The Body in the Wake: A Faith Fairchild Mystery

Image of The Body in the Wake: A Faith Fairchild Mystery (Faith Fairchild Mysteries, 25)
Release Date: 
May 7, 2019
William Morrow
Reviewed by: 

“Page’s humor is delightful, and her descriptions of life on the island bring both the landscape and the characters to life.”

Friends, family, the opioid addiction crisis, the odd murder or two, and a few yummy-sounding recipes blend together by a talented writer into the memorable 25 adventure for Faith Fairchild, everyone’s favorite caterer and amateur sleuth.

It’s high summer on Sanpere Island off the coast of Maine, “the land of boiled dinners and soft bagels,” and Faith Fairchild, minister’s wife, caterer, and amateur sleuth, plans a leisurely vacation visiting her friends on the island with no unwelcome interruptions involving dead bodies and dangerous murderers.

Not that Faith intentionally goes looking for any deceased person whose passing involves knives, guns, or other deadly weapons. She just seems to have a gift for it.

It’s a gift she resolutely hopes won’t ruin her plans. Besides, her minister husband Tom is very much against her involvement in any more amateur sleuthing. Not only is it disruptive, it’s also possibly life-threatening. Murderers do tend to resent anyone trying to ferret out their identities.

Faith is very busy trying to distract her young friend, Sophie Maxwell, from her worries about her fertility—or lack of it. “The big three oh was looming closer and closer, weeks away, and her biological clock was ticking at warp speed.”

There is also good friend, Pix Miller, who is danger of a psychic break, or least a nervous breakdown, while planning daughter Samantha’s wedding later in the summer. When not distracting Sophie, Faith is trying to prevent Pix from nervous fits over the wedding.

Unfortunately, Faith’s plans go awry when she and Sophie go for a swim in a small lake on the island. “She reached the end of the pond and flipped to return . . . Until she saw two bare feet sticking out of a pair of jeans.”

After giving a statement to the police the two friends have a restorative gin and tonic at Faith’s home. Sophie tells Faith that she had seen the victim with three friends at the market the previous week. They were riding motorcycles with Massachusetts plates.

The victim had no identification and no motorcycle. He did, however, have a distinctive tattoo on his arm: “a life-like green adder snaking up his right forearm, its fangs dripping blood and a few Gothic letters . . .”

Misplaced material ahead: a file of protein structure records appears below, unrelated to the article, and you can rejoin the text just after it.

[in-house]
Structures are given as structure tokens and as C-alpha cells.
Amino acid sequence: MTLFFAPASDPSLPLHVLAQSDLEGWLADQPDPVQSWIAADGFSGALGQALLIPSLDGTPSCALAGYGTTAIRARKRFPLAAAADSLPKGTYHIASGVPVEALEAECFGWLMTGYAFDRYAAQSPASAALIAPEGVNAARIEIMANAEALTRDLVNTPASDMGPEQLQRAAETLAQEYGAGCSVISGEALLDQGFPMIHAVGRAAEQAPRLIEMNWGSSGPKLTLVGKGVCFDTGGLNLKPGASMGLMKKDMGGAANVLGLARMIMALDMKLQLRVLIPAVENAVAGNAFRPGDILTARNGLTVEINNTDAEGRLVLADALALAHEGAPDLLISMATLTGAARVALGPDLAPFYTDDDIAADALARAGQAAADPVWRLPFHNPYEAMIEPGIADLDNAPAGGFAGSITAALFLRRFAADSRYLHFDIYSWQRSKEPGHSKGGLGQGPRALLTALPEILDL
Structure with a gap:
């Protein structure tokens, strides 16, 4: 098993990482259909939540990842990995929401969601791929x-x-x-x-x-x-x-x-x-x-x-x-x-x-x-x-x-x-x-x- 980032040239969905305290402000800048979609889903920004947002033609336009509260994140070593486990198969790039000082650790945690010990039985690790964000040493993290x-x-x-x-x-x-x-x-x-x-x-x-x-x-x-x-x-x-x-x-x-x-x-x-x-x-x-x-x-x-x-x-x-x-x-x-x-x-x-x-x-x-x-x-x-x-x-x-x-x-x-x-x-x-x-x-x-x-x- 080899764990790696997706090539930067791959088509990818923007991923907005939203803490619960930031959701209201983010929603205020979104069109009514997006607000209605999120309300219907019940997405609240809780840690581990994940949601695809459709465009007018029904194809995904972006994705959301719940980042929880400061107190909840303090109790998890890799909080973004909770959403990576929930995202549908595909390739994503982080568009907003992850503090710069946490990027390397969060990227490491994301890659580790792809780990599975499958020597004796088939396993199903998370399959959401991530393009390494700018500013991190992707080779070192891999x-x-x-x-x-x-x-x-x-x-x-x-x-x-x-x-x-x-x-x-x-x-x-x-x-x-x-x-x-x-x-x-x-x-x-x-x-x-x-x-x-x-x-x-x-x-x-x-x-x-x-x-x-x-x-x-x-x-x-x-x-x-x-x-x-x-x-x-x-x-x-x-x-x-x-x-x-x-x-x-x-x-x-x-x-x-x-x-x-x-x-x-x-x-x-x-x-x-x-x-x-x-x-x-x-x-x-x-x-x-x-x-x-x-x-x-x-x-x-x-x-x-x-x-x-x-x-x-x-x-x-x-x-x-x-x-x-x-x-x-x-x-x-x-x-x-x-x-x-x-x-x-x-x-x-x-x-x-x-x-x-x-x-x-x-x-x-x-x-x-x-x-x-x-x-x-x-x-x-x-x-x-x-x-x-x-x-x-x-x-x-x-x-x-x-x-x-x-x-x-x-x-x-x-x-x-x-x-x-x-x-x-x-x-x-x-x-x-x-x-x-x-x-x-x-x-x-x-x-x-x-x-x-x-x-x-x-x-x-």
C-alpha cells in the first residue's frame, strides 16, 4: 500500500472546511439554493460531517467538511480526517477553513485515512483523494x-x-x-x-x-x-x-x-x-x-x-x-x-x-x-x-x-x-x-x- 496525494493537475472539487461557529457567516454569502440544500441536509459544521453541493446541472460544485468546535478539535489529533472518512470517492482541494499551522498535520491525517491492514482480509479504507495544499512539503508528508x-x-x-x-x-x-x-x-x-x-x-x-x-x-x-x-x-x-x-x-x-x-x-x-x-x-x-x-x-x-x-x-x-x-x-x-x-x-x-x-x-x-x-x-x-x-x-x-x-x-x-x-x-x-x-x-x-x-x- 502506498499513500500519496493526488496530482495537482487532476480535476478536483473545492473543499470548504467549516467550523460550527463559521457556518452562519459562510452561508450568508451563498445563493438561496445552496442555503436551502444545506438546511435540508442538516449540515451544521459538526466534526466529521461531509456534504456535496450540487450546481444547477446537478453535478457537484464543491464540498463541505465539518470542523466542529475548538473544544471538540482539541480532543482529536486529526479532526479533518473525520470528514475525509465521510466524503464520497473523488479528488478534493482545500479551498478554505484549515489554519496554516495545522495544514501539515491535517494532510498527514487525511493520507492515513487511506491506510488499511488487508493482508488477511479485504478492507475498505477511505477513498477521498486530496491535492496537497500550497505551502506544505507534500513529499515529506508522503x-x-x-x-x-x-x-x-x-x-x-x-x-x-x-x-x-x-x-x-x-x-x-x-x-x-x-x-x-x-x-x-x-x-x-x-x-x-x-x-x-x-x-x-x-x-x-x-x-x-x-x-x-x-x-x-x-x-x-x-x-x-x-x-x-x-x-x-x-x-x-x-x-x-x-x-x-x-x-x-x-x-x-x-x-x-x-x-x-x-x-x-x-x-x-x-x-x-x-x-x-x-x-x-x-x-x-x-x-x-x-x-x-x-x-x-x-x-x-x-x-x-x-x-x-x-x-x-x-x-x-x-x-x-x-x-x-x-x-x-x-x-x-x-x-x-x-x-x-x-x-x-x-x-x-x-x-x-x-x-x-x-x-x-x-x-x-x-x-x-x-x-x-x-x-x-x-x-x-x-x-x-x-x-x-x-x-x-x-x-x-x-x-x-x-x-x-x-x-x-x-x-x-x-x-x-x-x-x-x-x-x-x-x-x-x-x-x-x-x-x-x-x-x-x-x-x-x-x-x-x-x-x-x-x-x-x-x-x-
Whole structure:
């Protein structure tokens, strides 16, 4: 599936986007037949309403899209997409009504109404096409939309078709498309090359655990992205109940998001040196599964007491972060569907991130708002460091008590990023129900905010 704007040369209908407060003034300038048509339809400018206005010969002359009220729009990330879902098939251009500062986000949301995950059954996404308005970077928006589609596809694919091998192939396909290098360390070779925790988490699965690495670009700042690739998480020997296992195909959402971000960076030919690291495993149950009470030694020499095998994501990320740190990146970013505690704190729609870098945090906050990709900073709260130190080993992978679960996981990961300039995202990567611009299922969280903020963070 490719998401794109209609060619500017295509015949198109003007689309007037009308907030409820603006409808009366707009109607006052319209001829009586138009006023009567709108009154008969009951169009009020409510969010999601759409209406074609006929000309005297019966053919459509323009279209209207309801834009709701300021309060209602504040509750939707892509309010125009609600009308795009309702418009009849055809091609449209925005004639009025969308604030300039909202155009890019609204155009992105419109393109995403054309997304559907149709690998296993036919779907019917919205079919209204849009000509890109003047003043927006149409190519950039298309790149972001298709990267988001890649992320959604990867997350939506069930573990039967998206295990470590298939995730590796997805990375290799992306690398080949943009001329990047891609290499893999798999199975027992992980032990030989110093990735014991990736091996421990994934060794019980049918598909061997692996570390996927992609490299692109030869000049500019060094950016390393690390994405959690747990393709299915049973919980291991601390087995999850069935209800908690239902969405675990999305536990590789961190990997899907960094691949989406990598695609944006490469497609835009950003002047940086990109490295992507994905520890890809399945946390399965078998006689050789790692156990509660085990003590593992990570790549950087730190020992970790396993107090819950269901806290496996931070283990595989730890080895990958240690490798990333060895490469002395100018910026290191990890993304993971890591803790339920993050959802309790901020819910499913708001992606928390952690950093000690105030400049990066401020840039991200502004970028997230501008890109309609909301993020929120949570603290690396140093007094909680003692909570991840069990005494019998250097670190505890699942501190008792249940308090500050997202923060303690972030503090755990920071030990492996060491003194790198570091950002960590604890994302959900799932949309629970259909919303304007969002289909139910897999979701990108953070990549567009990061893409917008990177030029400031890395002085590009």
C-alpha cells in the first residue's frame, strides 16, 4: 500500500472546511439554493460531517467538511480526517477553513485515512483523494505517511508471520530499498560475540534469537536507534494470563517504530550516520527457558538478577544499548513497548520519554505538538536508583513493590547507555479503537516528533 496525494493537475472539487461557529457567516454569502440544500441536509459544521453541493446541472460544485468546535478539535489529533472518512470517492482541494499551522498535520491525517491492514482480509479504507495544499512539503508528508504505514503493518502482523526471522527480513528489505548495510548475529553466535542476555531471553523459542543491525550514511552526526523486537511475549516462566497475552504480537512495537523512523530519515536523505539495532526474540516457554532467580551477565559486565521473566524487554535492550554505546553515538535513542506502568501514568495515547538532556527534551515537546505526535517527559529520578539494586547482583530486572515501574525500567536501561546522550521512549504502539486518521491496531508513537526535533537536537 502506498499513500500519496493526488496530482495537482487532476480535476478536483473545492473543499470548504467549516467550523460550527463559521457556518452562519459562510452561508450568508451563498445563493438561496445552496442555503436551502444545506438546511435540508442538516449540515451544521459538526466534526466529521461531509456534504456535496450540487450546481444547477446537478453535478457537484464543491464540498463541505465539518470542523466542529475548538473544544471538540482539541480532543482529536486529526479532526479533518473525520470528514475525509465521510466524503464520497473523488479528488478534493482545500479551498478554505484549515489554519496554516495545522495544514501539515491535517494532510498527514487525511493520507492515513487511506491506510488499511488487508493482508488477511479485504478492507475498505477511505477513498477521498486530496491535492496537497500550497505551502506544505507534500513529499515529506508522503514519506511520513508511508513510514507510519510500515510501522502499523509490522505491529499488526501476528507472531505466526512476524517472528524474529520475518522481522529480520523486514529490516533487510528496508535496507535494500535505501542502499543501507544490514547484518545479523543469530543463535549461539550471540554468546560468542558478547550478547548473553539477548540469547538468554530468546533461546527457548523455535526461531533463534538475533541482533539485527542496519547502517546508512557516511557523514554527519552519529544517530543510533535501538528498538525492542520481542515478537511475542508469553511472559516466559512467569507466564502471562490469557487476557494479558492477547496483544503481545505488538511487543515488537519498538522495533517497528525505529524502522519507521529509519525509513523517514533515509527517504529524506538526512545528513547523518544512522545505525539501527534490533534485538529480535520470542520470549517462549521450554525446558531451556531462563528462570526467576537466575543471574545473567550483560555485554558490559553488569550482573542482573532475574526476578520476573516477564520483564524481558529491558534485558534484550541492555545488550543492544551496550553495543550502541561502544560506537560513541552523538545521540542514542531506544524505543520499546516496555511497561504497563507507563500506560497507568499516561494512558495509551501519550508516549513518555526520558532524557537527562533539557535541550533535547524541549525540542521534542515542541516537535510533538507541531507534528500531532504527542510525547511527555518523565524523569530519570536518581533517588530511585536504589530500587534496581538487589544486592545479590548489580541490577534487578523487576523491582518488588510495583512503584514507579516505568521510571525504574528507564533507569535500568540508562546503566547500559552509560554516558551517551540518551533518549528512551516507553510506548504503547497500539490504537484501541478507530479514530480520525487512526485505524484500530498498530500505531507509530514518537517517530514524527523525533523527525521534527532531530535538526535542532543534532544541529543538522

There are other unwelcome events on the island. The cottage next to Pix has sold to a very unpleasant couple who proceeded to clearing the property of trees and shrubs in violation of local ordinances. The new owners, Cameron and Drew Crane, dismiss Pix’s complaint, with Cameron being especially nasty. “It’s my land and I can do whatever I want with it.”

Sam, Pix’s husband and an attorney, drives up from his office in the city to confront the Cranes. It is a brief conversation and futile. As Pix fixes lunch “Sam expressed his feelings using language never employed in front of the children, even though said children were now adults.”

Upset as she is Pix has other concerns. Samantha’s wedding is as organized as Pix can make it even though she worries about what might go wrong. As well she should be.

Samantha’s future mother-in-law arrives with enough luggage for a large caravan to announce that she has planned the wedding down to the last minute and arranged for a famous designer to make Samantha’s wedding dress. Alexandra Kohn is as close to the mother-in-law from hell as one can imagine, and listens to neither Pix, Samantha, or Zack, her son and the prospective groom.

Faith suggests Pix call Sophie’s mother, Babs, to shut down the mother-in-law. Babs is best described as a force of nature and takes charge of the mother-in-law problem. The two women enroll in a memoir-writing course at a local conference center.

Sophie enrolls in the creative writing course to have something to do besides worrying about not being pregnant and thinking about the dead body she and Faith found.

Meanwhile the Cranes press charges against Pix and Sam for destroying property, namely his chain saw. The situation escalates when the Cranes’ shed burns down. Again Cameron Crane blames Pix and Sam.

More complications occur when the chef at the conference center has an apparent heart attack, leaving Amy, Faith’s daughter, in charge of the kitchen. Reluctantly Faith agrees to help, negotiating a high salary for herself and a raise for Amy.

Intermittent chapters chronicle a young mother addicted to opioids, obviously a friend to Faith, Pix, and Samantha—all of whom are unaware of her problem.

Katherine Hall Page juggles all the various plot elements in this traditional mystery like the skilled writer she is: the wedding, the problem with the Cranes, the mother-in-law from hell, and the matter of the murder.

Page’s humor is delightful, and her descriptions of life on the island bring both the landscape and the characters to life.

To one who is not familiar with the Faith Fairchild series may find to keep track of all the many characters. Sometimes the book seems to have a cast of thousands, but each is likeable, so the effort to sort them all out is worth it.

Altogether The Body in the Wake is easy reading, and the recipes in the back of the book are an added bonus for those who like to cook or just like reading about food. Recommended for the fans of traditional mysteries.